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Mursla’s nanochip technology for exosome detection poised to transform disease diagnosis



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Nanochip technology that can be used for the ultra-sensitive detection of exosomes in our bodies has been unveiled by Mursla.

The Cambridge Science Park company says the technology, part of its ExoPheno platform, helps to overcome the challenges in using exosome biology to help diagnose disease.

Exosomes are extracellular vesicles - in other words, they are found outside our cells but reflect the state of their cellular sources. They transport ‘-omics’ information, in the form of DNA, RNA, proteins, lipids and metabolites, locally or to distant sites via the circulatory system, including in our blood.

Pierre Arsène, founder and CEO of Mursla. Picture: Mursla
Pierre Arsène, founder and CEO of Mursla. Picture: Mursla

Using a blood draw, exosomes from diseased tissue can be captured non-invasively, providing a dynamic circulating snapshot of disease activity.

But the challenge lies in translating exosome-based diagnostics into clinics.

Pierre Arsène, founder and CEO of Mursla, said: “We believe that properly analysing exosome biology in patients leads to breakthrough diagnostic solutions. It is now an engineering problem and our new nanoelectronics-based technology contributes to overcoming the last technical hurdles around sensitivity and clinical compatibility.”

The new ultrasensitive technology is called NEXOS (Nanoparticle EXOsome Sensing) and comprises two methods.

The first is a novel patented and scalable nanoelectronics method called E-NEXOS, while the second, O-NEXOS, is a high-throughput optical detection method, O-NEXOS.

Both require the same steps for the immunocapture and antibody-labelling of exosomes and they can be combined to derive differentiated detection parameters.

A pre-print, titled ‘An electro-optical bead-nanochip technology for the ultrasensitive and multi-dimensional detection of small extracellular vesicles and their markers’, has been published by Mursla, setting out its key features, which include:

  • Ultrasensitive detection of target exosomes and their markers.
  • Compatibility with clinical practices in a high throughput format.
  • Determination of novel exosome dimensions enabling new research and clinical applications.

Presentation of a roadmap for near absolute target exosome quantification and single exosome detection.

Dr Tomás Dias, CTO of Mursla, said: “To advance the understanding of exosomes’ biology and their implications in disease, novel tools are required. NEXOS technology offers ultrasensitive and original characterisation metrics with the aim of disrupting many exosome applications. The reported study is the result of work carried out by Mursla’s multidisciplinary team.”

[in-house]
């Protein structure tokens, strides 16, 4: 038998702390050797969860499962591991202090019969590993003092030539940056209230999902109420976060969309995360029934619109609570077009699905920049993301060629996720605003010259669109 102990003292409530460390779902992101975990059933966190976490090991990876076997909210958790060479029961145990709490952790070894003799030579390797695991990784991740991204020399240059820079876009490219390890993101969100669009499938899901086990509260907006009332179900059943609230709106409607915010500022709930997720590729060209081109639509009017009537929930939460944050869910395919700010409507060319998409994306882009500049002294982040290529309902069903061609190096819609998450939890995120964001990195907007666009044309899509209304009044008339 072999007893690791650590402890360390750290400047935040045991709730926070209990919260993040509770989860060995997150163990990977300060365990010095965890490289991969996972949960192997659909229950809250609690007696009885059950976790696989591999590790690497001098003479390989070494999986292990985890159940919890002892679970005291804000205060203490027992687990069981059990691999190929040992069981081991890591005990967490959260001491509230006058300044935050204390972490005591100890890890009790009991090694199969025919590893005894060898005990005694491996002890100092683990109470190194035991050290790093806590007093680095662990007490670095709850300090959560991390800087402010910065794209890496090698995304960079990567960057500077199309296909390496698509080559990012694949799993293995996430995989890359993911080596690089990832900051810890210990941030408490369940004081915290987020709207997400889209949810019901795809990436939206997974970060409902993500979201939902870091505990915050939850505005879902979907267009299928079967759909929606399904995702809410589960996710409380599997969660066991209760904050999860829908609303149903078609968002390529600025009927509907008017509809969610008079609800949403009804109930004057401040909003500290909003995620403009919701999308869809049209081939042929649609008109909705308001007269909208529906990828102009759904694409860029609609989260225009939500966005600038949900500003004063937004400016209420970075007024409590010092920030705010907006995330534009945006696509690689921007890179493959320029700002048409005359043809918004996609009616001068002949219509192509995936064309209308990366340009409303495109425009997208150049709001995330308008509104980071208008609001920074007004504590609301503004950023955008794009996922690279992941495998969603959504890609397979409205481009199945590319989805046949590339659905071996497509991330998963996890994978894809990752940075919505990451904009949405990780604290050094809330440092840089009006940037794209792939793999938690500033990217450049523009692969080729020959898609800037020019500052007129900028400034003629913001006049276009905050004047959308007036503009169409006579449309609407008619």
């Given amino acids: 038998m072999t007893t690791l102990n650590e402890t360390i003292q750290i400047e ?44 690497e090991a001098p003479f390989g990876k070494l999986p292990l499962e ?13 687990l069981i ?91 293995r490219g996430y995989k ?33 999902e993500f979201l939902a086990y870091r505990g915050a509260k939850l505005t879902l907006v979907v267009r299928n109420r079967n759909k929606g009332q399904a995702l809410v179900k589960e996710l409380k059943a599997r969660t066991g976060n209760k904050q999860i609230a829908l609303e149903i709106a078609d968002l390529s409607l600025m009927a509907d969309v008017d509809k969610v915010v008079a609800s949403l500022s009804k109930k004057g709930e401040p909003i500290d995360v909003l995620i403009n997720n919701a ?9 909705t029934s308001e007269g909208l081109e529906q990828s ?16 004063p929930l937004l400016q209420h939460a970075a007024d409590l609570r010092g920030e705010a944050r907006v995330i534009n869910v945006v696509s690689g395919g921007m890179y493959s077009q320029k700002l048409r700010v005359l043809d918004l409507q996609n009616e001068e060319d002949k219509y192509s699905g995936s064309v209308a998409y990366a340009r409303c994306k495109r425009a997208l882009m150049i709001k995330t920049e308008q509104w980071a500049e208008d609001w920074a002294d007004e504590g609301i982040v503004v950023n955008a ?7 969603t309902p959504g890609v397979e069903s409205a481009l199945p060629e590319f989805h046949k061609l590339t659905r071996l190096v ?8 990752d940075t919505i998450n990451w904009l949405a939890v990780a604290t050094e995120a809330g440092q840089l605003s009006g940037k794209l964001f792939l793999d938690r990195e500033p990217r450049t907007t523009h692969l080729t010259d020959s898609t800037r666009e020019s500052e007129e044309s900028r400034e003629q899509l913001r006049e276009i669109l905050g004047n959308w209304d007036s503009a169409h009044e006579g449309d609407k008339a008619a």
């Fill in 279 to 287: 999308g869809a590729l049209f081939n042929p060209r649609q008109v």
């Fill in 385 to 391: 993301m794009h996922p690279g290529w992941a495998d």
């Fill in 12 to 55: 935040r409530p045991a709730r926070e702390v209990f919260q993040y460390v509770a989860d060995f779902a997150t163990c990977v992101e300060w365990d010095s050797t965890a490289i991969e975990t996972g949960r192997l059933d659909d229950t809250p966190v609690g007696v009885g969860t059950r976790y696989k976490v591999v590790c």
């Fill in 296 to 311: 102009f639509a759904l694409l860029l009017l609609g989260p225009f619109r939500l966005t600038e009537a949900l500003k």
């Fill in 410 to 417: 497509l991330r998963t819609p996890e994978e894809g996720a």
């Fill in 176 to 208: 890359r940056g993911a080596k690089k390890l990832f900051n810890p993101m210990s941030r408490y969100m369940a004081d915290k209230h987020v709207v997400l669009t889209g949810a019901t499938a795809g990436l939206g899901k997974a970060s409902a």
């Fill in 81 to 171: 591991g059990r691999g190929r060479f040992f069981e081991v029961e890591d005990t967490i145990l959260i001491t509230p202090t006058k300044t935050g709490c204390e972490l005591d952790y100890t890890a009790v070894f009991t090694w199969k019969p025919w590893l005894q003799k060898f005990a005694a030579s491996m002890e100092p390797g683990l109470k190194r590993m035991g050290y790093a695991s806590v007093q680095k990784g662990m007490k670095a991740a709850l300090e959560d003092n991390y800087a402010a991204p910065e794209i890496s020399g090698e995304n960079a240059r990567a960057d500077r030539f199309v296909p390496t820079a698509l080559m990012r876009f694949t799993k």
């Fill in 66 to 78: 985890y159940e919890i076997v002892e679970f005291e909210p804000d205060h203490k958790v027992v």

An artist’s impression of a cell secreting exosomes
An artist’s impression of a cell secreting exosomes

The progress follows the announcement, reported last month, that Mursla had secured mentorship support from Roche Diagnostics for a new liquid biopsy prospective pilot study for liver cancer surveillance.

Part of MedCity’s Collaborate to Innovate: London Diagnostics programme, the aim is to to develop a blood test that can detect early-stage hepatocellular carcinoma (HCC) more effectively than the current standard of care.

The study aims to select and confirm the relevance of novel HCC biomarkers for a larger longitudinal study that would demonstrate high clinical performance in a more tailored cohort.

The work also has a secondary objective - to assess Mursla’s tissue-specific and multi-omics exosome approach as proof of concept for the development of other related cancer liquid biopsy tests.

Mursla’s technology combines wet lab and dry lab analysis via machine learning. It will use it to analyse samples collected in London and Portugal and establish differences in the multi-omics cargo of specific exosome sub-populations between patients with various chronic liver diseases and cancer at various stages.

Roche Diagnostics will share expertise and best practice in evidence generation, scaling up and market access.

Mursla says that first generation liquid biopsy tests measure circulating tumour DNA (ctDNA) mutations and/or epigenetic markers, such as ctDNA methylation or fragmentation patterns.

But these have proved unreliable at early-stage cancer detection, mean they would potentially lead to millions of distressing false positives.

Through ExoPheno, Mursla intends to improve the predictive power of liquid biopsies. Its advantages include:

  • using tissue-of-origin markers to capture tissue-specific exosomes in blood.
  • detecting specific multi-omics disease markers in exosomes, mirroring the parental cell with disease.
  • focusing on dynamic information released by living cells in exosomes, not by dying cells in the case of ctDNA.

Pierre said: “We believe that the specific multi-omics information carried by blood exosomes from the tumour and its microenvironment will enable the next generation of liquid biopsy tests.”



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